Redesigning Learning Spaces for Twenty-First Century Students


It’s the year 2015, so why are we still talking about innovating for the twenty-first century? I mean, it’s been fifteen years already. Maybe it’s because we are still teaching in rooms built for the industrial model approach to education. Desks are still mostly in rows. The teacher mostly talks for way too long and usually from the front of the room. Students spend too much time listening or pretending to listen before they muddle through a worksheet. I am not saying I am above this because I am not. My classroom often looks just as I describe here. In fact, I still have student desks where the chair connects to the table. The desks actually trap students in as if they are on a really boring roller coaster ride that won’t let them off.  My student desks also have bolts in the back which regularly rip chunks of hair off of girls’ heads. I am not kidding.

What’s my point? I want to change. I think we all need to consider how the physical design of our classrooms must change in order to promote active learning. I hesitate to use that term because it is one of the educator-only phrases that is both overused and underutilized. Here’s what I mean by active learning: Students are involved with authentic learning experiences or projects that support the skills and knowledge they will need for real life, not for standardized tests. Students are collaborating when it helps and working independently when they need to. There is freedom of movement. Supplies are readily available—all classrooms can be makerspaces—and for that students need to have access to materials. Finally, the teacher is not always in the front of the room. Sometimes, the class meets as a whole group for the teacher to give directions or go over essential skills. For the majority of class time, the teacher is circulating, meeting with individuals and small groups, offering advice and encouragement when necessary.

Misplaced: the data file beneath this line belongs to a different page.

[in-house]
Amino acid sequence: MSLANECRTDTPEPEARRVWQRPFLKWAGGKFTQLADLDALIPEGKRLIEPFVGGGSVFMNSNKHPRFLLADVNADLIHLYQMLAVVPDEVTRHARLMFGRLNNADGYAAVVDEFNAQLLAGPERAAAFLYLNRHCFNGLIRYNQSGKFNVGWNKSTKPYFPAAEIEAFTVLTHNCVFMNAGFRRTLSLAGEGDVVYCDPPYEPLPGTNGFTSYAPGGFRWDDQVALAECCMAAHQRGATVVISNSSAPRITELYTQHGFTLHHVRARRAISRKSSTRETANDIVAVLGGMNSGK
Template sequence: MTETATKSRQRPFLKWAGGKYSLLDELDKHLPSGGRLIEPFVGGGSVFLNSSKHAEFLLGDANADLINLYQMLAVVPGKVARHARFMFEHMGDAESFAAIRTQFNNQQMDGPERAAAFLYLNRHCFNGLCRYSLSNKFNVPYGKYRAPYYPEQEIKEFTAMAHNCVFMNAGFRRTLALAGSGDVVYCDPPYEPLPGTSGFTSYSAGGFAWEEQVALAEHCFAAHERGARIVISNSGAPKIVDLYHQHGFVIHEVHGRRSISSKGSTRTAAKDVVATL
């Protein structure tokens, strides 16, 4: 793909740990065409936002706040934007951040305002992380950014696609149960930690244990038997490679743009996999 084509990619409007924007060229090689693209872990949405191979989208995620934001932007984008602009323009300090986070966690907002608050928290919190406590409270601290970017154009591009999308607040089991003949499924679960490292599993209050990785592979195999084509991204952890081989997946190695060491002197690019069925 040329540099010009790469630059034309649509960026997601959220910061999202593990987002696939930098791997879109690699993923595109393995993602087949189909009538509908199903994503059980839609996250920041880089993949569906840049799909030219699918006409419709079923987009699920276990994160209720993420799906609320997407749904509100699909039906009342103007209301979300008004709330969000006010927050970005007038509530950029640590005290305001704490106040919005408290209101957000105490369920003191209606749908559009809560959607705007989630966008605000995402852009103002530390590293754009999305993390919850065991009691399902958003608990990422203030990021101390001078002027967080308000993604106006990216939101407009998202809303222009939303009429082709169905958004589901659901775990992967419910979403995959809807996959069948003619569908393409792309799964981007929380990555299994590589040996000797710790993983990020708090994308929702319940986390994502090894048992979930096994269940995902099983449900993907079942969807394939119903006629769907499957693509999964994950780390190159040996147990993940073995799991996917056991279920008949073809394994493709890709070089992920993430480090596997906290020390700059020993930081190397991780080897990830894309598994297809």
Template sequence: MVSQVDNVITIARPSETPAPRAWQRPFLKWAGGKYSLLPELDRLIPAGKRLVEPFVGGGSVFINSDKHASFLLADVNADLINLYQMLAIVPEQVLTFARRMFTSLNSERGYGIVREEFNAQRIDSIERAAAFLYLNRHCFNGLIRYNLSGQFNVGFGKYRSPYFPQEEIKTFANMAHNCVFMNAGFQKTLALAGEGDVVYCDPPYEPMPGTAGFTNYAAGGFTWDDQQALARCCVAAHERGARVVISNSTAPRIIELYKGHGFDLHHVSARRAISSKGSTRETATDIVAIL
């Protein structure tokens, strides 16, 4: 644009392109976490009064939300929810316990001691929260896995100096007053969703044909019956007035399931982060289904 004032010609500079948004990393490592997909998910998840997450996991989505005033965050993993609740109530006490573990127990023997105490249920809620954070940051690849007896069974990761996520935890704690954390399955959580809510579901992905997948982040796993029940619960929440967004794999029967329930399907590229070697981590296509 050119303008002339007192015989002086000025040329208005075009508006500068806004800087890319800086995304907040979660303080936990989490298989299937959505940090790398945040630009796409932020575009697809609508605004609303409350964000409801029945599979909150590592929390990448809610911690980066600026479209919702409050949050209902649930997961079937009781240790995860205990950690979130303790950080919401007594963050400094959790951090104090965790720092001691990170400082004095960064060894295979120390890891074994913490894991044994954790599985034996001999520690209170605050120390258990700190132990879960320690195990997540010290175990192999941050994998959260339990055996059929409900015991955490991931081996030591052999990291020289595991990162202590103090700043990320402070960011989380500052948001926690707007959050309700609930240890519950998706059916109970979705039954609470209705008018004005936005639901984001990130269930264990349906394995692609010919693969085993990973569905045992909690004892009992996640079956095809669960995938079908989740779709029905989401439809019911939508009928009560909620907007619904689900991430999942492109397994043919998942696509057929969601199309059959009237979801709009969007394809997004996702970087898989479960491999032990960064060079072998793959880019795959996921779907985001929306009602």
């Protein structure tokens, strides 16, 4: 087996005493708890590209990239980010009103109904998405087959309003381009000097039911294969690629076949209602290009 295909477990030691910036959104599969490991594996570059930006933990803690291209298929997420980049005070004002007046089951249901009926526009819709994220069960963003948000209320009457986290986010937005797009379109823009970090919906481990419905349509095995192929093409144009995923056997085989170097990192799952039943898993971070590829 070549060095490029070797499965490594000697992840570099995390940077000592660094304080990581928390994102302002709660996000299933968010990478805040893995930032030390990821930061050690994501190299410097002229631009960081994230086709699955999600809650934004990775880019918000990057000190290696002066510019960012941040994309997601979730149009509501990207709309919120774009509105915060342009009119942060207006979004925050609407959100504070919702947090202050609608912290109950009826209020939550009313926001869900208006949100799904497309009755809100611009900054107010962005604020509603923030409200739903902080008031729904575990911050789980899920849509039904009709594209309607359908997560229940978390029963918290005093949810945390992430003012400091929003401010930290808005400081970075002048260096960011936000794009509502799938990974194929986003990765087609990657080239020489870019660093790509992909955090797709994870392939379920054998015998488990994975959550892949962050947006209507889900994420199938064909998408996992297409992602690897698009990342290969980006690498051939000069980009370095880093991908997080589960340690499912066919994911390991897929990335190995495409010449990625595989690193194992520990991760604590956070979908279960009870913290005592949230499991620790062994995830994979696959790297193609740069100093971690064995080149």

I am a long way away from that idealized description, but I truly believe I need to head in that direction if I want my teaching to stay relevant to today’s students.

I just finished writing a short discussion post about the redesigned learning spaces trend as part of my teacher librarian program at San Jose State.  Our professor had us read The Horizon Report 2015This is an amazing resource which outlines long term and short term trends in educational technology. I highly recommend this report for anyone who is interested in how technology is changing the face of education today.  Of course, one current trend is the one I’m talking about here: the redesign of classroom spaces in order to promote active learning and problem solving. There is also a section on makerspaces, which simply means providing the tools and space students need in order to create. Of course, my dream classroom will also hold a makerspace, but…Where? How? With what money? Those questions still need to be solved, but that doesn’t make the goal any less desirable.

For now, I will work with space I have but with an eye for the future.

Changes I’ve Already Made

  1. No more teacher desk.  I put the computer on my overhead cart so I can stand when I am projecting something for the class to see. I also have a small flat table for the document camera. All of my teacher supplies are in file cabinets.
  2. No more paper files. At the end of last year, I tossed all of my paper files. What a relief! Now I only keep paper copies of student projects. This gives me more space in my classroom because the one file cabinet I kept holds supplies like whiteboard pens and staples.